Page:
And why do some characters never develop as human beings? They remain locked in a pattern that they seem to accept--even if they are aware of that situation. Tony Glaenzer is an example. Is it that they have totally misconstrued the meaning of self-hood? Perhaps some--such as Okie and his satellites--don't even know that they are little more than puppets in an arbitrary social system.

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Old 04-13-2012, 03:34 PM   #7
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I loved the Effie character too. It was sad to read about her for much of the book but she came around to the self realization you mention in the end though the last page indicates a less than perfect ending for her. Earlier...

Quote:
Effie drew her hand away from his suddenly and when he lifted his eyebrows
-
"I don't like my hand held just because somebody's thrilled over music or a sunset," she whispered.

"You want it to be sheer lust, eh?" he accused her, shocked.
Some favorite quotes, here some wonderful prose and a bit of self reflection for the Readers too I think, "...in the reading rooms of the Forty-second street library countless persons absorbed in books (why absorbed? What do they read? Why do they read it?) look up and away; what sentence stirred what memories so that interlacing thoughts float through glass and steel to faraway, to places you will never know, dwell familiarly on faces you will never see." I felt that way by the end about 1930's NYC and the characters who became quite familiar.
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Old 04-13-2012, 03:44 PM   #8
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Same page, just fun, "He crouched over the piano with his big hands cupping the keys as if a mouse might peep out of his fist once he relaxed. Softly his fingers in ten little bedroom slippers tiptoed up and down Schumann, music became so diminished under his microscope, made so tiny and perfect it could be neatly placed inside a baby's ear." How did she come up with that???
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Old 04-21-2012, 04:37 AM   #9
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I finished the book last night, so I think I need to mull over it a bit more, so here are jsut first impressions - but first of all I also want to thank Issybird as I did not even know Dawn Powell existed. To summarise what has been already written, she is simply a great writer: what a great craftmanship.

Perhaps the only negative point for me is the "scene" with Andy: to me he was a bit too much of a caricature in his total disregard for others and utter lack of empathy, too much of a total fool.

Besides this, I really liked Powell giving shadows to each of the main characters: even Effie's sense of triumph in the end is somewhat toned down by her being unable to get him to acknowledge her: she has to compromise and project a different woman to what she is.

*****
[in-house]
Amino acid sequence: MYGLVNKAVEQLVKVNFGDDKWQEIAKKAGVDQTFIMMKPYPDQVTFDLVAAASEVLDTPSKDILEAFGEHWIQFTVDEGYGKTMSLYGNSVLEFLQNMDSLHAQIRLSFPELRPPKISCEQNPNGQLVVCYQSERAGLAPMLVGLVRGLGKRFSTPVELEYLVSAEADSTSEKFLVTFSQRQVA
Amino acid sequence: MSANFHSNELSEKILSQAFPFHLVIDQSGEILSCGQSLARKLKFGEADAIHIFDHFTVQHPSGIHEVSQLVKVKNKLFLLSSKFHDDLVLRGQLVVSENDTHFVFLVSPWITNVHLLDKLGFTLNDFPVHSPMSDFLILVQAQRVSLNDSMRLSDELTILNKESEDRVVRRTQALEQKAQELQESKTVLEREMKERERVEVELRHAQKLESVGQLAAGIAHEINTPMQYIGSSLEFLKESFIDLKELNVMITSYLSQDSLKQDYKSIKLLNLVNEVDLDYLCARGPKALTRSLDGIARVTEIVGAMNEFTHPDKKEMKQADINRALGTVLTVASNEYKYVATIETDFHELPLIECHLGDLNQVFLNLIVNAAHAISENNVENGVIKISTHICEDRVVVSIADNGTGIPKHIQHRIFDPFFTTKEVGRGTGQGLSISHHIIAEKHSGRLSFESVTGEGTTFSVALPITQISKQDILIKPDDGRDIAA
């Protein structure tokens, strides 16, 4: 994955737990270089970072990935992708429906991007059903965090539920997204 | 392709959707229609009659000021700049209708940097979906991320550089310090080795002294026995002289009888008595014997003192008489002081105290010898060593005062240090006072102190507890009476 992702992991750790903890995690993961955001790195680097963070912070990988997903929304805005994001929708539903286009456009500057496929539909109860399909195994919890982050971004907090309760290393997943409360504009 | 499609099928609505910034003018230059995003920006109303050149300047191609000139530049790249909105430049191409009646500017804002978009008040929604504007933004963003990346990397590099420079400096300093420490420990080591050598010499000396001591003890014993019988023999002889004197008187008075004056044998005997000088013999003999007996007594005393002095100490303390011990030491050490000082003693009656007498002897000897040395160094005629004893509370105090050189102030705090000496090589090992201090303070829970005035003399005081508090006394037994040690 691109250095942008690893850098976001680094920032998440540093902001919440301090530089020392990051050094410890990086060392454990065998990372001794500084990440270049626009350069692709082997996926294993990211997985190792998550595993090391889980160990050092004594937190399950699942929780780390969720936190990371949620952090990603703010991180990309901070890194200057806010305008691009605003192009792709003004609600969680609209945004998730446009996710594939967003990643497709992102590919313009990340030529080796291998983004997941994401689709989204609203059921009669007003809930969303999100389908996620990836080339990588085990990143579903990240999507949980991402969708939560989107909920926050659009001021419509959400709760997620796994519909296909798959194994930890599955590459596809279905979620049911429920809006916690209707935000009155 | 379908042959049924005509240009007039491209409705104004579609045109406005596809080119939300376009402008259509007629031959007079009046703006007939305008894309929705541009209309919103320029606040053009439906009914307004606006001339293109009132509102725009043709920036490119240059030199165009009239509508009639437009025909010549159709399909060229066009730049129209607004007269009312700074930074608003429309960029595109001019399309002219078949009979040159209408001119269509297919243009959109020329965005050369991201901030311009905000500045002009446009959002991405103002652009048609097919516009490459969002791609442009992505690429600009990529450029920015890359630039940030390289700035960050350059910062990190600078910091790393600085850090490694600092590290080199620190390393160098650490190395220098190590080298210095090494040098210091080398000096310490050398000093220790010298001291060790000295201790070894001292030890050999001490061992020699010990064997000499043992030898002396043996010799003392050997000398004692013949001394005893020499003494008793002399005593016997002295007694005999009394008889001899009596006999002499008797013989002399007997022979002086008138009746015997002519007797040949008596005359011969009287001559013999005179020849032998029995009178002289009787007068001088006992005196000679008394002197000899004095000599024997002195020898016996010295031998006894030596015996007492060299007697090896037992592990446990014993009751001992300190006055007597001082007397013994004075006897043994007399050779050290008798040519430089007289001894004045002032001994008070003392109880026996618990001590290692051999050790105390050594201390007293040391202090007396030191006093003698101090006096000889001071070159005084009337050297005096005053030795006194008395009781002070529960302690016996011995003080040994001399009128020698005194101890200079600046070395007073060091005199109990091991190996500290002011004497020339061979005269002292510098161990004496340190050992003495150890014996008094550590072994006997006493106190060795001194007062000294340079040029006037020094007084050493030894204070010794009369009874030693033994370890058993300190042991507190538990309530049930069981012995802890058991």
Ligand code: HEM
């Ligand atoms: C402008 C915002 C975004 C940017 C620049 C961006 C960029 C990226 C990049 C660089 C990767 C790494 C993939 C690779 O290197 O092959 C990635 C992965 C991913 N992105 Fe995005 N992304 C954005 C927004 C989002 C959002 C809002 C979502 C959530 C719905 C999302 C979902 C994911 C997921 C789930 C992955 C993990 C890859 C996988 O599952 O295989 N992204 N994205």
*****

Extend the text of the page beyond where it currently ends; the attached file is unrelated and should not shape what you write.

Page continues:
I also surprised myself by quite liking Orphen!
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Old 05-06-2012, 01:07 AM   #10
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I enjoyed this book. I had trouble getting into it at the beginning and had to start over and re-read the first 40 pages or so. I wish that I knew something about New York to appreciate the descriptions of the city. I was really drawn into the story once Effie receives the note from the hospital regarding Mrs Andrew Callingham. The writing was very excellent, and I did a lot of highlighting (more than typical!).

How could you not root for Effie? Her pain felt so raw. I was so proud of her when she changed her name on her apartment. It must have been heart-wrenching to be so kind to Marian on her deathbed. You want her to be awakened to find herself. Let that dream crash into dust and discover a life that's not built around a worthless dream.

This description really hit me:
Quote:
Inextricably she and Marian were bound together, waiting for him to come to them across the world, waiting for him to prove he did care, he did love - which woman was not the issue now. Demanded now was proof of love stronger than his own ambition or his present lust. For Marian, dying, and for Effie, long believing, there must be testimony that here was a man worth death and endless fidelty.
The scene between Andrew & Effie just verified that he was a complete cad. He represents a dream, a caricature, a memory, a newspaper headline. I suppose he didn't need to be developed any deeper.

i liked Dennis better as the book progressed and his character develops more self-awareness. I enjoyed the description of curiosity as his muse. One wouldn't have expected him to leave his own literary tea for his book at the beginning. Somewhere along the way he describes his friendship with Effie like armor from the outside world. I liked this quote at the end too:

Quote:
Losing her as a character under his control, Dennis was alarmed; now she was as baffling to him as himself, unpredictable, unanswerable, and he feared she was becoming to much a part of himself.
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Old 05-06-2012, 06:31 AM   #11
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The beginning took me a while to get through as well while I was blasting through the end to see what happens... Great book, excellent writing.